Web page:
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The New Normal: Managing Continuous Change

Wisetail | 4 min read

Everything has been in a state of continuous change for several years, and business has been along for the ride. In fact, change is now an expected constant, with technology and a shifting marketplace making responsive agility a must.

Continuous improvement is an increasingly standard business goal, but adapting to continuous change is the new normal. Growth and sustainability rely on your company’s flexibility, adaptivity, and leadership. Organizations are shifting their focus to raise awareness about the importance of innovation, thought leadership, and challenging the way “things have always been done.”

Managing continuous change

Continuous change management models identify significant patterns in the areas of customer-based growth, competition-centered innovation, capital management to extend the overall market base, and community support via employment and talent development.

Handled capably, continuous change management:

  • Improves business processes.
  • Allows for organizational restructuring.
  • Supports the development of innovative products and services. 
  • Provides better work environments.
  • Improves a company’s strategic position. 

As with any management strategy, it can also have its drawbacks. Employee resistance can be an obstacle if change is handled poorly, and failure can result in financial repercussions and negative effects on company culture. Given the opportunity for growth and improvement — and the unfortunate possibility of failure — it’s crucial to handle continuous change with a carefully considered approach that is also agile, adaptive, and human-centered. 

Group of people sitting down planning changes

Constant change requires new thinking

Rethinking change management means expanding leadership’s view to include more than the tangibles of technology, reorganization, and new product designs. It means considering the human element of change. 

Keeping people and their feelings of safety, connection, and empowerment at the heart of decision-making is trickier than writing and teaching new procedures. To overcome the myths and accepted thought patterns of flawed change management, it’s time to rethink how we approach and measure change for a more realistic view of organizational change today. 

Use the following examples to consider challenges from a different perspective:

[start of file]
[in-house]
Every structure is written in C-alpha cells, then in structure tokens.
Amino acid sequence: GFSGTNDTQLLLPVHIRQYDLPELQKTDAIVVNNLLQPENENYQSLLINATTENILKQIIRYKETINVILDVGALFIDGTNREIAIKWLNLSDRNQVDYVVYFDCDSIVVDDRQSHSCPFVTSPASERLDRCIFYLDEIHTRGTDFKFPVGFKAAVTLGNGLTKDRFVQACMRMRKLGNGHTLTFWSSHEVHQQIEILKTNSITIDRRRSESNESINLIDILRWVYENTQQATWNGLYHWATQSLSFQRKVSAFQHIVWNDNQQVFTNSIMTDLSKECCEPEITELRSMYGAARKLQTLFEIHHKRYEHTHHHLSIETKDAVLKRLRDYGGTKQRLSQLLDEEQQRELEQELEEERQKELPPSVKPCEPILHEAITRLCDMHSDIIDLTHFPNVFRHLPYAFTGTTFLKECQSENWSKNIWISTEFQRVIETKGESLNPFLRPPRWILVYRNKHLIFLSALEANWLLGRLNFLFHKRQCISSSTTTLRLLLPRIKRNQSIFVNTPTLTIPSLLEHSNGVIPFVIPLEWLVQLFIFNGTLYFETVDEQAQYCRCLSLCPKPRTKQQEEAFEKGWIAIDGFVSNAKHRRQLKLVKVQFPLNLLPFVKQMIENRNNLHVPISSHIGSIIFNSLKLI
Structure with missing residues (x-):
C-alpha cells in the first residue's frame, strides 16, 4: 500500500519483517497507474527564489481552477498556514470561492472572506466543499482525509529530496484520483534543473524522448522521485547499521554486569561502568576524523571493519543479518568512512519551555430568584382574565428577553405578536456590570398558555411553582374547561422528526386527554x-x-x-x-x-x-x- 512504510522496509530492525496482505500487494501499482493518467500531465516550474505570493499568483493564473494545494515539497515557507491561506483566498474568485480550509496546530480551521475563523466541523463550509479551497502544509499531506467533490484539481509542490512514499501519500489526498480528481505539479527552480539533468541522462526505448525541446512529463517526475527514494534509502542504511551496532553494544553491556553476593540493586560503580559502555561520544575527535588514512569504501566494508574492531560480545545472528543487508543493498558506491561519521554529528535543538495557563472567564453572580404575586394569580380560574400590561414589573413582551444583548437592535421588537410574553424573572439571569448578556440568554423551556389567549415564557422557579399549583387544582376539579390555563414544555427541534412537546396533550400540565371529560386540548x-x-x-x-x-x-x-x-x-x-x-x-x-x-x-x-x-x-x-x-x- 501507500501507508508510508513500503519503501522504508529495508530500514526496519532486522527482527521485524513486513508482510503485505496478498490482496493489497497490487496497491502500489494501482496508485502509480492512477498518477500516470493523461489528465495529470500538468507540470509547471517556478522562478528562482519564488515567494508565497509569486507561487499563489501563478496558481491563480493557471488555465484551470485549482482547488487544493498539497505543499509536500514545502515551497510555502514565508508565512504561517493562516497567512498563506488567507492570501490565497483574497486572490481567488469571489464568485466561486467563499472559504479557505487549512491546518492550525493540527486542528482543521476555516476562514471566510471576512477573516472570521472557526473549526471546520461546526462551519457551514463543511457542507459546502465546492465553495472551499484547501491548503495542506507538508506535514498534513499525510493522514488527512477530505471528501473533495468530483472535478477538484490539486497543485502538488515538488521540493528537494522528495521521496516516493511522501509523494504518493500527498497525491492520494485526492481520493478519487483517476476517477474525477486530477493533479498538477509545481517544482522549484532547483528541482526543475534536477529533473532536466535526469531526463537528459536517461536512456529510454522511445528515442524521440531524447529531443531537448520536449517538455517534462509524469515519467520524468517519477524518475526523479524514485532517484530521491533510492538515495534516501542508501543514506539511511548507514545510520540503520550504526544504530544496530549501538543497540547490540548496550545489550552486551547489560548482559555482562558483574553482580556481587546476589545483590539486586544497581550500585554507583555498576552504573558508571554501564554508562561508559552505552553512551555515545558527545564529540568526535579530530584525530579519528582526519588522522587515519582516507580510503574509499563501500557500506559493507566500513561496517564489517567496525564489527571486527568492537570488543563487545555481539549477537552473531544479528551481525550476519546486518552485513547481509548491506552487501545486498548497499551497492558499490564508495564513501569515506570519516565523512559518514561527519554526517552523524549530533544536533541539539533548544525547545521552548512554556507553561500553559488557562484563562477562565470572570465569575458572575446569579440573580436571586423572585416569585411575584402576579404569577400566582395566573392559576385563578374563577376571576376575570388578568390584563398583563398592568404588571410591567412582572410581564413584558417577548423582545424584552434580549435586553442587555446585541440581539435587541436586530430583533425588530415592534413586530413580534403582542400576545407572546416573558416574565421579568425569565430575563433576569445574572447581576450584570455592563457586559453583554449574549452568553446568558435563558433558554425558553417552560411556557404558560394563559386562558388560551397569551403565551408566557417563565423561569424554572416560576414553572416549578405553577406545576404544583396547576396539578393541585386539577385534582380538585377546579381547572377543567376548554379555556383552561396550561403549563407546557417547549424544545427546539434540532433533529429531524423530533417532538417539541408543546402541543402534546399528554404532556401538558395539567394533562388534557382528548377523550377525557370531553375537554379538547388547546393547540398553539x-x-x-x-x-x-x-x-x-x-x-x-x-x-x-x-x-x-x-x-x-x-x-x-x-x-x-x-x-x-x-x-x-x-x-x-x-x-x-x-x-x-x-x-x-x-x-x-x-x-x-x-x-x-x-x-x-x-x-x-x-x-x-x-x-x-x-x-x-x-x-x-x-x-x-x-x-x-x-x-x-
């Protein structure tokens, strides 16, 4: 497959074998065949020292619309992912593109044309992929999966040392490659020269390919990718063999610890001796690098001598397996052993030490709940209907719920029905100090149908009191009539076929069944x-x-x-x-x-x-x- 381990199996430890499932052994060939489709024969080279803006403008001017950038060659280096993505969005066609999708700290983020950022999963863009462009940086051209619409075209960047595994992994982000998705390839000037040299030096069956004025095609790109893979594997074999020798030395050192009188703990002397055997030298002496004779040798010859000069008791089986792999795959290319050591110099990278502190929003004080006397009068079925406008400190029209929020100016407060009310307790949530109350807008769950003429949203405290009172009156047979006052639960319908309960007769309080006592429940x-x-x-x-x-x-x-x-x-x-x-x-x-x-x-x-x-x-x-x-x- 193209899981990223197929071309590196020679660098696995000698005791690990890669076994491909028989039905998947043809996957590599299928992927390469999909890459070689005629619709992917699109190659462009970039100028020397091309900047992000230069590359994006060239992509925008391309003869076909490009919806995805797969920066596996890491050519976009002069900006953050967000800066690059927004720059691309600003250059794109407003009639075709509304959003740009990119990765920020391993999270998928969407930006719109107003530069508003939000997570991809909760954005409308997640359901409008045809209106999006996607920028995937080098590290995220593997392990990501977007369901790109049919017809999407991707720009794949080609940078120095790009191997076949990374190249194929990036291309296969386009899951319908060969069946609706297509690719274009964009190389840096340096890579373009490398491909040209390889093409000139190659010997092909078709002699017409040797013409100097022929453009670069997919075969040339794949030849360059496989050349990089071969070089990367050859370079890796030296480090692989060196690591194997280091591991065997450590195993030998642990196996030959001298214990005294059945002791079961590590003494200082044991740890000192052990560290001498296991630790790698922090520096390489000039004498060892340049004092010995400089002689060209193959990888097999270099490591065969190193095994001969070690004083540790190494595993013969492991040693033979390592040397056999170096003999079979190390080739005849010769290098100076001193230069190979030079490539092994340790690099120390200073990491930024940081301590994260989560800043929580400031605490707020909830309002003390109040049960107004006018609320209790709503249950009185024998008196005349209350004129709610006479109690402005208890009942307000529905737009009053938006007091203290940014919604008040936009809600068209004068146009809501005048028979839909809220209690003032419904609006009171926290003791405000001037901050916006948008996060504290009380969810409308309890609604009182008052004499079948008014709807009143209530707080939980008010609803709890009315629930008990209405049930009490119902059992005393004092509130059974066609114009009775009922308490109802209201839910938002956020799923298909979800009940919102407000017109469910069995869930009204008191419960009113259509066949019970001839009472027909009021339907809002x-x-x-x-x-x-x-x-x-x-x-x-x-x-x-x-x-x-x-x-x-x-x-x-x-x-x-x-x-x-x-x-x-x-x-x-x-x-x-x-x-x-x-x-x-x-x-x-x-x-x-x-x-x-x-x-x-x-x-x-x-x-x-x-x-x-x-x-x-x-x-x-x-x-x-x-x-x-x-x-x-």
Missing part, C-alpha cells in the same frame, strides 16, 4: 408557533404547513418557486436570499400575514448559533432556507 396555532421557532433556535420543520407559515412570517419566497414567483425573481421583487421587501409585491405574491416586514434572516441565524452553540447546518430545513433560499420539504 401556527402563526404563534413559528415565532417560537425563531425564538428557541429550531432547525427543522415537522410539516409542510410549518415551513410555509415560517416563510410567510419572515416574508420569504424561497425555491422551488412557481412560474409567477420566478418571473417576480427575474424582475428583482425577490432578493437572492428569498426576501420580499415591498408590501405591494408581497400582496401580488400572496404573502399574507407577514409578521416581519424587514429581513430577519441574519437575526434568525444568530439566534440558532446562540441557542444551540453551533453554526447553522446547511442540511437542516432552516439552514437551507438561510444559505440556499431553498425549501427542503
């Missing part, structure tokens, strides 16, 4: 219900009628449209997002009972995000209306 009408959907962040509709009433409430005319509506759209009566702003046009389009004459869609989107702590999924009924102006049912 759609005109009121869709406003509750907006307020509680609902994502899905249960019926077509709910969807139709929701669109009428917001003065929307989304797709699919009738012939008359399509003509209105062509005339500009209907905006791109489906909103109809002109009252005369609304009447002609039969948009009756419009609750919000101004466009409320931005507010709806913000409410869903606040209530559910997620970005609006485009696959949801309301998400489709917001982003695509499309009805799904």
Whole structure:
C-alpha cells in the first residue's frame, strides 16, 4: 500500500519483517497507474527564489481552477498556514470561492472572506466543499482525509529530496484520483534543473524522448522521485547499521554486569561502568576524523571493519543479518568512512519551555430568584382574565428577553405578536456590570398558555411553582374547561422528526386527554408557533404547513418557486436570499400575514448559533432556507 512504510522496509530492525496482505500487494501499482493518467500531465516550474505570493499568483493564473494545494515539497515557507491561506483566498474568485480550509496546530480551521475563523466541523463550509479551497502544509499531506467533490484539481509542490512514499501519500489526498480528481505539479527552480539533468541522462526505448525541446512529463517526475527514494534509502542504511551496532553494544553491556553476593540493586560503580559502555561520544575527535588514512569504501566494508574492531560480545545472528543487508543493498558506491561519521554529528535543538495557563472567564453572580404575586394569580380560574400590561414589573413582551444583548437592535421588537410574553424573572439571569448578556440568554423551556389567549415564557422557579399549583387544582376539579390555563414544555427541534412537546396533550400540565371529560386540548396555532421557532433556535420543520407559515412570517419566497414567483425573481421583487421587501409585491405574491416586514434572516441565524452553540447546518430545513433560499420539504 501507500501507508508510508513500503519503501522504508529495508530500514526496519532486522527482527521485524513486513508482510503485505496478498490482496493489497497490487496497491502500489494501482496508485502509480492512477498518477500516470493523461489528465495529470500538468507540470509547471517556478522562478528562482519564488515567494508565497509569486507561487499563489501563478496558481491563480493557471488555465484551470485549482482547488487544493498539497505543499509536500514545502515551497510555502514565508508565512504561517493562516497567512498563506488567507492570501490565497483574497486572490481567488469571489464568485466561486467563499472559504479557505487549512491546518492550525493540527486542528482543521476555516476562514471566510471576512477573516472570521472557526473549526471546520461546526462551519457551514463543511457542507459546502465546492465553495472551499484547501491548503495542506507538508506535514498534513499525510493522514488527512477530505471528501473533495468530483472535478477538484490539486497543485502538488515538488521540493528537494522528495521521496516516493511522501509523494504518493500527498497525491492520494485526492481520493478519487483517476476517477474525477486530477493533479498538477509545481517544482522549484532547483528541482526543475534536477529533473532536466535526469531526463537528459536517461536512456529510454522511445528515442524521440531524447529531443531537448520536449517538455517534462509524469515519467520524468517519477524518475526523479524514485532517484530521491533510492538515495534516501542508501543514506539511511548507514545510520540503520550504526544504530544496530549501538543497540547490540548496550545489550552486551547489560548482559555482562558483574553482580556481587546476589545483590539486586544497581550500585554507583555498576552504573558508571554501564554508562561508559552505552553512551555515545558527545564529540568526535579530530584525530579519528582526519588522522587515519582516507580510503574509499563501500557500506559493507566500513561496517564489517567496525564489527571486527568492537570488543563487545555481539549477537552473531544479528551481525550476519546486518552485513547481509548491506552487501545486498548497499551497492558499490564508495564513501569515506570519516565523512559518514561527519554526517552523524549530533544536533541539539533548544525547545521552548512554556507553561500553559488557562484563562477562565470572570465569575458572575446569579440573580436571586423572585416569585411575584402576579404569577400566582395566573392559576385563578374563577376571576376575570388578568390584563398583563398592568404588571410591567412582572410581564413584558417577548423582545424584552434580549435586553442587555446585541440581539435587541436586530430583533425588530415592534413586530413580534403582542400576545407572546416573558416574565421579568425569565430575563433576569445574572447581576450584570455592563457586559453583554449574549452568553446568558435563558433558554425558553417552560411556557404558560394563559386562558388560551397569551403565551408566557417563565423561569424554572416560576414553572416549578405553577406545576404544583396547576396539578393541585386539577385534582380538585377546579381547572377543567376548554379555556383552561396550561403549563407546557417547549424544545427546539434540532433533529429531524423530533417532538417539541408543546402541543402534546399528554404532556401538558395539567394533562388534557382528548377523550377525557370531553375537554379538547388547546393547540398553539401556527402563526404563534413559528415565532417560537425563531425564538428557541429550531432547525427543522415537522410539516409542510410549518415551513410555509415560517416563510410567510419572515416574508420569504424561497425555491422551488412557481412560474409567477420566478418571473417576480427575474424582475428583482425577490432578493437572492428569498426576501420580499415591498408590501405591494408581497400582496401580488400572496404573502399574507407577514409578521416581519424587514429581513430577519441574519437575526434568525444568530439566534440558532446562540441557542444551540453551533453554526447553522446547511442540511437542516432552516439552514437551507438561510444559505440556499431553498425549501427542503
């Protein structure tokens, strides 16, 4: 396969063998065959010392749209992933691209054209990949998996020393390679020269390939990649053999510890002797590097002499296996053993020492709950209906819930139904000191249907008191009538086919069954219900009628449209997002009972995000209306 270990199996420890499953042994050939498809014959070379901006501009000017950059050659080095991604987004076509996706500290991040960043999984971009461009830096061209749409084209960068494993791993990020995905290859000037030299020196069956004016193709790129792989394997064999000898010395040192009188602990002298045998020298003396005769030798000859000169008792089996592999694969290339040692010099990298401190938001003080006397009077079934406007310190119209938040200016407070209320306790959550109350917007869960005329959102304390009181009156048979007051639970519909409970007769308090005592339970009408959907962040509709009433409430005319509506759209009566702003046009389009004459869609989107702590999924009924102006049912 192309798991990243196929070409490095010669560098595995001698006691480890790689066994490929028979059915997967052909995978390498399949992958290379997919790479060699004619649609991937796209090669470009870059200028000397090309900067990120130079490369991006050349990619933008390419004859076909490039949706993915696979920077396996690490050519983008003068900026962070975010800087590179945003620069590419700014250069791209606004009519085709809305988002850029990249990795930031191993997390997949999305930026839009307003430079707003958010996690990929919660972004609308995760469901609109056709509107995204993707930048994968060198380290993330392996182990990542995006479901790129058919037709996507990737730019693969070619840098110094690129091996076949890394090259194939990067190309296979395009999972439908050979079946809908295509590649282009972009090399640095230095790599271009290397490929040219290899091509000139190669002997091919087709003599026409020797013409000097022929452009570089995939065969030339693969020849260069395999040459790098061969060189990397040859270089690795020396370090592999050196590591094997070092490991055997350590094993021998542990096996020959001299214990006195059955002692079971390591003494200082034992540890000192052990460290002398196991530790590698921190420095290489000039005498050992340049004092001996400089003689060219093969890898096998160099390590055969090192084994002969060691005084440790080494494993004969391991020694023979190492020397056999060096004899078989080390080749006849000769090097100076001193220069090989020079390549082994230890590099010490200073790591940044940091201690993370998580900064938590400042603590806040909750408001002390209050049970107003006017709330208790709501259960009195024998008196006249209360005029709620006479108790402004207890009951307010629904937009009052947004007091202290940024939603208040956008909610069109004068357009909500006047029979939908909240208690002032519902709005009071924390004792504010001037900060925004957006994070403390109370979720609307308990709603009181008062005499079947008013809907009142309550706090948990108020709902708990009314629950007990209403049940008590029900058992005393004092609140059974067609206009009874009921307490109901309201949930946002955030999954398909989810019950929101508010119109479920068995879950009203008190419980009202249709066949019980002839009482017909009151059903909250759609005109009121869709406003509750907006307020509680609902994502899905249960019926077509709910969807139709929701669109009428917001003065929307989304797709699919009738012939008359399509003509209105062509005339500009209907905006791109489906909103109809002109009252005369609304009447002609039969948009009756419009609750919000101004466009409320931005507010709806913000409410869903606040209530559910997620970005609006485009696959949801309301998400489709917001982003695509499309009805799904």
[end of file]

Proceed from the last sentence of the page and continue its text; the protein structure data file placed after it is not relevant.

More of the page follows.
• People may seem resistant to change, but in reality, they are reacting to poor change implementation. Stakeholders who feel engaged and collaborative about changes react more favorably. 
  • Productive management requires more than effective communication. In addition to facts and figures, change management should inspire connections with leaders and colleagues, create clearly aligned rewards, and build new capabilities and processes. 
  • Change is not just top-down. It can also be a bottom-up and side-to-side process. Managing change effectively requires the ability to encourage and allow growth to happen in several directions at once. 
  • Step-by-step frameworks provide a useful reference, but there is more to change management than charts or printed guidelines. 
People learning together to address change and grow

Refine and refocus

Continuous change presents ongoing opportunities to refine processes and refocus energy. Consider these essential elements to successful change management: 

  • Focus on people first. People are the center of your business universe. Be ready to address their concerns and questions as you introduce and implement changes. 
  • Learning and development is a tool of change. Your company’s learning management system (LMS) or learning experience platform (LXP) is essential for onboarding and compliance training, but it’s also an invaluable tool for developing new skill sets and providing quick training updates as circumstances and goals change. 
  • An LXP brings people together. Your company’s LXP allows everyone to share in a virtual space even if they are separated geographically. Set up your system to provide for chat rooms, file sharing, and follow-up opportunities for those who need feedback or quick answers.
  • Instant access streamlines change. An LMS or LXP can act as a quick reference resource for managing change in real time. Mobile connectivity and easy searchability puts your entire library of training materials at every employee’s fingertips — empowering them to answer questions and solve problems. 
  • Make change a positive part of the employee experience. Acknowledge change as a constant, and promote your workplace as one that welcomes the challenges change brings and responds with enthusiasm and innovation. 

Continuous change is a fact of life in today’s business world, and your company’s L&D strategy plays a big part in successful change management. Rethink your company’s change management strategy, and leverage your LMS or LXP to keep everyone in the know.